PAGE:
DIY Green Energy For Homes
 

How to Set Up a Green Workplace

The energy efficiencies and savings that can be made will depend on a number of factors including the size of the building, the type of work that is carried out, the number of employees, and most of all a commitment from management to endorse any change.

Simple things such as reducing the number of light bulbs and replacing those still needed with energy efficient ones will cost little and take minutes to change.

Even practices such as turning computers off when not needed overnight and checking the energy efficiency of heating and cooling systems only takes a matter of hours to audit in a large building. And if you have a leaky building, check out green solutions to fix leaky buildings and save cash on reducing the amount of energy required to maintain the temperature of the workplace.

Recycling of packaging material, the use of cleaning rags that can be washed for reuse and just sorting of various wastes for their potential to be recycled will take more commitment by all staff, but may give substantial savings over a period of time.

Setting up a workplace to look at such green options may take only one person who is prepared to examine current practices and make recommendations to management. That person could be you!

If you go armed to superiors with the knowledge of the energy savings and lower utility and waste disposal costs that result from eco-friendly initiatives, all personnel may get rewarded for your efforts.

Look also at introducing car-pooling schemes which may benefit you directly with fuel savings. If four people travel in one vehicle that can save you 75% of your commute cost in a year as well as reduce mileage on your car.

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In most workplaces the disposal of hazardous waste should be controlled to make sure it does not pollute the environment, but look for eco-friendly cleaning chemicals to replace toxic ones where possible. There are savings often to be made here in inventory where one cleaning agent can replace several expensive ones and still get the job done.

Obviously some of the things that you can do at home such as improving insulation and setting timers for water usage may not easily be duplicated in the work environment. However urinal systems can be set to use a fraction of the water of continuous flush cisterns, and basin taps with release timers can cut water wastage here too.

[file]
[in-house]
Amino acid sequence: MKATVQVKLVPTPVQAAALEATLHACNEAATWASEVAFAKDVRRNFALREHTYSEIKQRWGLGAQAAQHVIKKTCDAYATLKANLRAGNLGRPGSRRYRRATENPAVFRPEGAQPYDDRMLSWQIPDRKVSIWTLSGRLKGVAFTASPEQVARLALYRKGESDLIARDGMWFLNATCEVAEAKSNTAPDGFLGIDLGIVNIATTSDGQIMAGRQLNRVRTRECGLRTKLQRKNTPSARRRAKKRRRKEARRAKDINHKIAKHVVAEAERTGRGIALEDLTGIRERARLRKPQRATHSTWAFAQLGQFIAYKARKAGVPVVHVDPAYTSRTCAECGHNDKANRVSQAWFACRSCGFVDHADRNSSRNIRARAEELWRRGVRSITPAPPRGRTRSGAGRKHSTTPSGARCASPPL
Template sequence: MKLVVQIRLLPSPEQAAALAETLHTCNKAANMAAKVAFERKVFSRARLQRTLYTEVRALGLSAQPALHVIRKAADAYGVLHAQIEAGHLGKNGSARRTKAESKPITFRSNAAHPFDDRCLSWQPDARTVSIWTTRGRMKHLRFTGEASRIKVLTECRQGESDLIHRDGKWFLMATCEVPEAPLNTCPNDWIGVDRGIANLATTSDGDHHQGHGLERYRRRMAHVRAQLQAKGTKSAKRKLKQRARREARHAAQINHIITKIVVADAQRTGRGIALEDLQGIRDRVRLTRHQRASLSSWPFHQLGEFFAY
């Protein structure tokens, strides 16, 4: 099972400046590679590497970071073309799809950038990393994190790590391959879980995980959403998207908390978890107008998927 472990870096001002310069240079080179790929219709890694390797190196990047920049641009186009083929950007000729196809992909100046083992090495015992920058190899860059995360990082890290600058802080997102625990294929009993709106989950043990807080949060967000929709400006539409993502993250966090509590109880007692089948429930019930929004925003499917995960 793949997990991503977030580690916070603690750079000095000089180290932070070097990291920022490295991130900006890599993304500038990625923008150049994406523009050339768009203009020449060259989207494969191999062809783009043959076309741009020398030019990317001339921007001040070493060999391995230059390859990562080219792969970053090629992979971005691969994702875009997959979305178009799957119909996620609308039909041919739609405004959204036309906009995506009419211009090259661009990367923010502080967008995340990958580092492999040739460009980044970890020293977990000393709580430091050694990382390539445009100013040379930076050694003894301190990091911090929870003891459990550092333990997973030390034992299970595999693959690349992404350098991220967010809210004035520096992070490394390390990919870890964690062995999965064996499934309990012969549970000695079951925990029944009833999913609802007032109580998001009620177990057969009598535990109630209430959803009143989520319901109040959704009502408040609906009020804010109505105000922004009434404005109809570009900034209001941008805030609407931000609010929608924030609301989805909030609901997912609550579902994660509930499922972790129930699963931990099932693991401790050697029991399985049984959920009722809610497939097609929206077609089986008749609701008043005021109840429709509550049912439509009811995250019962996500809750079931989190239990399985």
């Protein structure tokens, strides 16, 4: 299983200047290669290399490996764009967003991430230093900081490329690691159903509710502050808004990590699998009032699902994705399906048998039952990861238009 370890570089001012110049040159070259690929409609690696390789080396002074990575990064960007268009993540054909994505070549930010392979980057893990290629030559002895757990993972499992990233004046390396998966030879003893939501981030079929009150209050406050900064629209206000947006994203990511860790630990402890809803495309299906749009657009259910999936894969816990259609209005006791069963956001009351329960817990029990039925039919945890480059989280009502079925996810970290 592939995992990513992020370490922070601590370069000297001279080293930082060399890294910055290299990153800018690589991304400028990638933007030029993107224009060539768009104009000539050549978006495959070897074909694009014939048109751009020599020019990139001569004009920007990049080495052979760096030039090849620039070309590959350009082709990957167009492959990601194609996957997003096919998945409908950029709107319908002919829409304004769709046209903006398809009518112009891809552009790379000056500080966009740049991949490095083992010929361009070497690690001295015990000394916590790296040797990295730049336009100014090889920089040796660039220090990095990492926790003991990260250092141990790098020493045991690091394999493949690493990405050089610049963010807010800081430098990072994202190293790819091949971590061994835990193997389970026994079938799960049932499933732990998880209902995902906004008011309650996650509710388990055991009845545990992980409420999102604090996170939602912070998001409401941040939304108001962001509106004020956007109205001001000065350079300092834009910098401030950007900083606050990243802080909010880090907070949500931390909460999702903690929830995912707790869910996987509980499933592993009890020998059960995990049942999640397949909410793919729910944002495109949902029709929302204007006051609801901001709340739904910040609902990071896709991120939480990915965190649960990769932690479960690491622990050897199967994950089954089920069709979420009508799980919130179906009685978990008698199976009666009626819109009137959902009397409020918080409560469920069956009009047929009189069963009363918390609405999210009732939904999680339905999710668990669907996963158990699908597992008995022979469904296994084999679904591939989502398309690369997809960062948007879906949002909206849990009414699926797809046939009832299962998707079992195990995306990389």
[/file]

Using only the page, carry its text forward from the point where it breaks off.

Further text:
One practical suggestion for bigger companies has been to introduce a green rewards scheme for staff who contribute ideas for power and water saving and ways to cut wastage in packaging of product.

Because there are new green initiatives happening all the time and the scale of some businesses lends them more easily to adapting methods that save money, there is the potential for all staff to have input.

In this sense setting up a green workplace should be seen as an evolutionary process that comes from all levels.

Each area may know the potential for green action better than those who are not actively involved on a day by day basis in that part of the office or plant. Recognizing this is a mark of effective management and even if the only motivation is to improve the company's profit if a green result occurs then it must be welcome.

Certainly savings in energy can be made easily by bigger operations but even small workplaces can benefit by being greener in their approach. It may not happen unless one individual starts the ball rolling and audit your own energy usage, so if you really have the planet's interests at heart take a look around your workplace and make a list of things that can be done now!

It may just start with turning out the light as you leave.

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